(Gr. baptisma , from baptizoµ “to dip,” “to immerse.”) The Christian ceremony of initiation, traditionally either by immersion, pouring, or sprinkling. Seventh-day Adventists “belive in baptism by immersion,” and that baptism “typifies the death, burial, and resurrection of Christ, and openly expresses faith in His saving grace and the renunciation of sin and the world, and is recognized as a condition of entrance into church membership” ( Church Manual [1990], pp. 42, 182). Accordingly, baptism is administered only to those who have reached an age of accountability. It “is usually conducted by an ordained minister, but in his absence the local church elder may officiate,” only, however, with the approval of the conference president ( Manual for Ministers [1992], p. 84...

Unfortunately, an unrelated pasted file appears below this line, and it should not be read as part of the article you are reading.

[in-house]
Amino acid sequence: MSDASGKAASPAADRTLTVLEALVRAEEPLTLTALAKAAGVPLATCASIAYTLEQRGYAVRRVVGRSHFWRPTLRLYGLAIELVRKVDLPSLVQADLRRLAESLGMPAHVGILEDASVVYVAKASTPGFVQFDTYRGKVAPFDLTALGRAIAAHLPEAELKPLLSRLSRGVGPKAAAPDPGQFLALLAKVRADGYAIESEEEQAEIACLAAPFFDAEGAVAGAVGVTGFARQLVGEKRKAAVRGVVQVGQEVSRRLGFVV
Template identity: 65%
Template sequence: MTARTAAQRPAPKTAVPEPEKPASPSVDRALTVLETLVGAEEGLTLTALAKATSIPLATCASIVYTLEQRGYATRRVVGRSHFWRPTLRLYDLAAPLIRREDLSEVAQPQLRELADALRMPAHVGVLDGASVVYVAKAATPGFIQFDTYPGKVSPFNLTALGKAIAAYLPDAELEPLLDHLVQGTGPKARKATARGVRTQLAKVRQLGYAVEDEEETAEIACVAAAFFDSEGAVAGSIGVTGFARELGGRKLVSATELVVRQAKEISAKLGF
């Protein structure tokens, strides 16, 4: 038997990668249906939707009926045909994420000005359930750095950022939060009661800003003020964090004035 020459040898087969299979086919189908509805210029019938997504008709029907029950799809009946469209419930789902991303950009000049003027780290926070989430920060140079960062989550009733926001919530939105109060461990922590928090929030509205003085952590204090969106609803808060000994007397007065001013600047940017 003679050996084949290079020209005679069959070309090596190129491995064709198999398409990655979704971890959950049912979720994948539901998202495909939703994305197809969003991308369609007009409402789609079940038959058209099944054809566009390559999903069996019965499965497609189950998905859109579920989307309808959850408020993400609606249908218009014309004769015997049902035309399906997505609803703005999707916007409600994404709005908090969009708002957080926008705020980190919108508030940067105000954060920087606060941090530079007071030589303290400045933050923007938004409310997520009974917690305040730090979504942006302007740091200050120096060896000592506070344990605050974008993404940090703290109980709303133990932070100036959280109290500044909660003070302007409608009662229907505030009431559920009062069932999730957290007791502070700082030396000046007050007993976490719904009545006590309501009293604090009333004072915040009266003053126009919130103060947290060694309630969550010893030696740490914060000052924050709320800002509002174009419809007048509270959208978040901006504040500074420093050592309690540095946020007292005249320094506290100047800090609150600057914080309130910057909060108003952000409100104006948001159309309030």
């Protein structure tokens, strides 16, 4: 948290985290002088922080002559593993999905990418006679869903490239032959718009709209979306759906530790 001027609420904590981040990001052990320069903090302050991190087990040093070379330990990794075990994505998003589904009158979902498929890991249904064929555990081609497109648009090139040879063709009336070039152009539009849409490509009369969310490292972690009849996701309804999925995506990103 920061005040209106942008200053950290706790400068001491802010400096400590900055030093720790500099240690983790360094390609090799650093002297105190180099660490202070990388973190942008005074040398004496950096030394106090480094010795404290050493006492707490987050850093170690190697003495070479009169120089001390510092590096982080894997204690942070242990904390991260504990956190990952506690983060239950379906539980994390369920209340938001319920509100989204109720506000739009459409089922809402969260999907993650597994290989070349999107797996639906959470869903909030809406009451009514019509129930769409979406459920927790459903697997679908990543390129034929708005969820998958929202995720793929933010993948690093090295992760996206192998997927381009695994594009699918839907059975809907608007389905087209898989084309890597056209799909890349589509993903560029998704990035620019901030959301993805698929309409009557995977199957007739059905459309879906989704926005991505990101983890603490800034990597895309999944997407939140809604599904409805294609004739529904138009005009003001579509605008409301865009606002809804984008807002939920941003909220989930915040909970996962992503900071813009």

From the Seventh-day Adventist Encyclopedia. Published with permission from the Review and Herald Publishing Association.